Monmouth University polling director Patrick Murray offered this response to my criticism of how he described tenure in a recent poll of New Jersey public opinion (see my brief reply and Bruce Baker’s as well).
I’m not particularly keen on arguing about the wording of poll questions. As I stated in my original post, wordings are never perfect, and one must always take this into account when trying to interpret polling results. I took issue with Monmouth’s phrasing because it is demonstrably inaccurate, nothing more.
But I do want to quickly add that, as is often the case, responses to poll questions about tenure are very sensitive to the nature of the description offered. A 2009 PDK/Gallup poll provides an illustration.
The poll split the sample into halves, with each half offered a different description of tenure.
One half of those polled were asked:
Most public school teachers have tenure; that is, after a two- or three-year period, they receive what amounts to a lifetime contract. Do you approve or disapprove of this policy?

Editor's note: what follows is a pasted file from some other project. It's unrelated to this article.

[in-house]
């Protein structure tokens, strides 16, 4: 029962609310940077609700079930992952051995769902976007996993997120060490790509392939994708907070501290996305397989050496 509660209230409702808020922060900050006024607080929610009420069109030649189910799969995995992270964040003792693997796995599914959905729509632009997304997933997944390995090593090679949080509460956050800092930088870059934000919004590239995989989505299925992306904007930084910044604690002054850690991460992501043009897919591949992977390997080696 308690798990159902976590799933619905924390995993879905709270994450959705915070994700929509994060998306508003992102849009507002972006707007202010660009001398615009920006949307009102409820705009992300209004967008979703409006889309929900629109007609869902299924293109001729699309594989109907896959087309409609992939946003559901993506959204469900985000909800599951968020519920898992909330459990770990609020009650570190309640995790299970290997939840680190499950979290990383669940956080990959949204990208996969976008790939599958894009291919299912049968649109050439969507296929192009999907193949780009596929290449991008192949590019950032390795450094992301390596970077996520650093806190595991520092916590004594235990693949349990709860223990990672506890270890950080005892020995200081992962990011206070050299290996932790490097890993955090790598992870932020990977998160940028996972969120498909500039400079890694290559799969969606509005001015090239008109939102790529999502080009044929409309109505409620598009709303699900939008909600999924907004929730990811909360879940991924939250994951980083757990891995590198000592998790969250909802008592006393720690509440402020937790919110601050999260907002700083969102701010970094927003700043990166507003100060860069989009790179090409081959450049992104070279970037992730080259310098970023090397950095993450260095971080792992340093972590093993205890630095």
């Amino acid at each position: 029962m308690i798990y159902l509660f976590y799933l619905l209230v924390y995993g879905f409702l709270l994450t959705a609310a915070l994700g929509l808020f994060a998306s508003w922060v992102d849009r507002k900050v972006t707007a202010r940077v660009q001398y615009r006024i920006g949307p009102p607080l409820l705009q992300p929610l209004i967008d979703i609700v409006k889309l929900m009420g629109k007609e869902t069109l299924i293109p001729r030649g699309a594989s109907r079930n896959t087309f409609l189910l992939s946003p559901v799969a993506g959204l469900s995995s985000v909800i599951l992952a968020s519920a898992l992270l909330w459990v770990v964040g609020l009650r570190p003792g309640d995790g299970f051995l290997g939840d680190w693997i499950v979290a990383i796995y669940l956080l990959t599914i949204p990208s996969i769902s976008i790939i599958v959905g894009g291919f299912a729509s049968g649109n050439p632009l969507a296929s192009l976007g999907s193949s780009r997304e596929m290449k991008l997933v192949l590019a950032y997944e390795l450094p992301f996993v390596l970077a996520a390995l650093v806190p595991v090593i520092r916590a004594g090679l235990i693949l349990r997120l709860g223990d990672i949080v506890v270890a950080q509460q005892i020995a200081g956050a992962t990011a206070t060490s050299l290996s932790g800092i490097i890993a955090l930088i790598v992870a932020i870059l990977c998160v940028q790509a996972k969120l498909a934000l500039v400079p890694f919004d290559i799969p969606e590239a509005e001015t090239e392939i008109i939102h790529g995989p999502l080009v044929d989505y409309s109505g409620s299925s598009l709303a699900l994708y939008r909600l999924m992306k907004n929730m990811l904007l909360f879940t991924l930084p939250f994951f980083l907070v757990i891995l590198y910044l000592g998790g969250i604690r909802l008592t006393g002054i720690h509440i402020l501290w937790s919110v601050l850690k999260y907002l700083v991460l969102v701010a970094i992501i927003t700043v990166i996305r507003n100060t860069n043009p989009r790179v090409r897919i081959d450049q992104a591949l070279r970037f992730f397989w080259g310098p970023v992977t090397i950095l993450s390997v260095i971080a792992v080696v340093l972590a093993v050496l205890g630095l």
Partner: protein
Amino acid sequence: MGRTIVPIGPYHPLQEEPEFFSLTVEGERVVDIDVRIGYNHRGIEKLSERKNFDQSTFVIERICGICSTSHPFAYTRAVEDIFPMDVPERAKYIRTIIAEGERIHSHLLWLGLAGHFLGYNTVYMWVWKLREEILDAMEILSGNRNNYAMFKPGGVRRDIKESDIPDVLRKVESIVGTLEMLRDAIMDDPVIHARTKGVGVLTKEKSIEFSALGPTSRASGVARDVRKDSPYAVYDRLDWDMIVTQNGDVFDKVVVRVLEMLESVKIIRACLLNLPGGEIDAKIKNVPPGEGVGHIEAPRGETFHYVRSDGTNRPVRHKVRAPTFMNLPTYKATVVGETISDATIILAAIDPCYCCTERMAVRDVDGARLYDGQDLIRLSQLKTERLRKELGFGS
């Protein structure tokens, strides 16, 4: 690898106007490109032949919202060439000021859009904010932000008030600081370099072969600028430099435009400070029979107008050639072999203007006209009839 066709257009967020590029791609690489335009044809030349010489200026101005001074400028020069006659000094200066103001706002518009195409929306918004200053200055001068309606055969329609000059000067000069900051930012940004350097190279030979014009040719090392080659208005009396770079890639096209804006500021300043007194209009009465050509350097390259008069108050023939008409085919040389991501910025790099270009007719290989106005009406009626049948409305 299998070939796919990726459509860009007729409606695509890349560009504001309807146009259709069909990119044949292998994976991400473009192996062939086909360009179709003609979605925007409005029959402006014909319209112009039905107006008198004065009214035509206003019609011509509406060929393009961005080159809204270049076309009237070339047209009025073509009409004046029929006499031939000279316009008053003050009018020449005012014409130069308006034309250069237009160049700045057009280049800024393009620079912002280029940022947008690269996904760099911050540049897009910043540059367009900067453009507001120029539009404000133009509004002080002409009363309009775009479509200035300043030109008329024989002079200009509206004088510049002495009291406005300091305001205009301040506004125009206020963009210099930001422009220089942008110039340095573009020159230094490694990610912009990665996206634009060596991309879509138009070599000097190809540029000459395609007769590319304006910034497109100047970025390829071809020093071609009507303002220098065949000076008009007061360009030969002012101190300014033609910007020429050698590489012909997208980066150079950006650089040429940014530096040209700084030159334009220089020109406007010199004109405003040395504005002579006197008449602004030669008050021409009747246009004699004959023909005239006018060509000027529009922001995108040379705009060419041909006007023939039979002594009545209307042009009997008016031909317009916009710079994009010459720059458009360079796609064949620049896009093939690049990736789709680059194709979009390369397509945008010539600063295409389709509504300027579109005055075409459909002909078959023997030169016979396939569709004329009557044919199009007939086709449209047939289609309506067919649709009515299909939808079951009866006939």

Based on this description, 73 percent of respondents disapproved of tenure.
To the other half of respondents, the question was:
Most public school teachers have tenure; that is, after a two- or three-year trial period, school administrators must ensure a policy that a teacher be given a formal legal review before they can be terminated. Do you approve or disapprove of this policy?
With this phrasing, the distribution of responses flipped: 66 percent approved of tenure.
The takeaway here: What people think of tenure is in no small part a function of how it’s described to them. So, when it comes to polls of people’s opinions of tenure, one should interpret results – and arguments about what those results really mean – even more cautiously than usual.
- Matt Di Carlo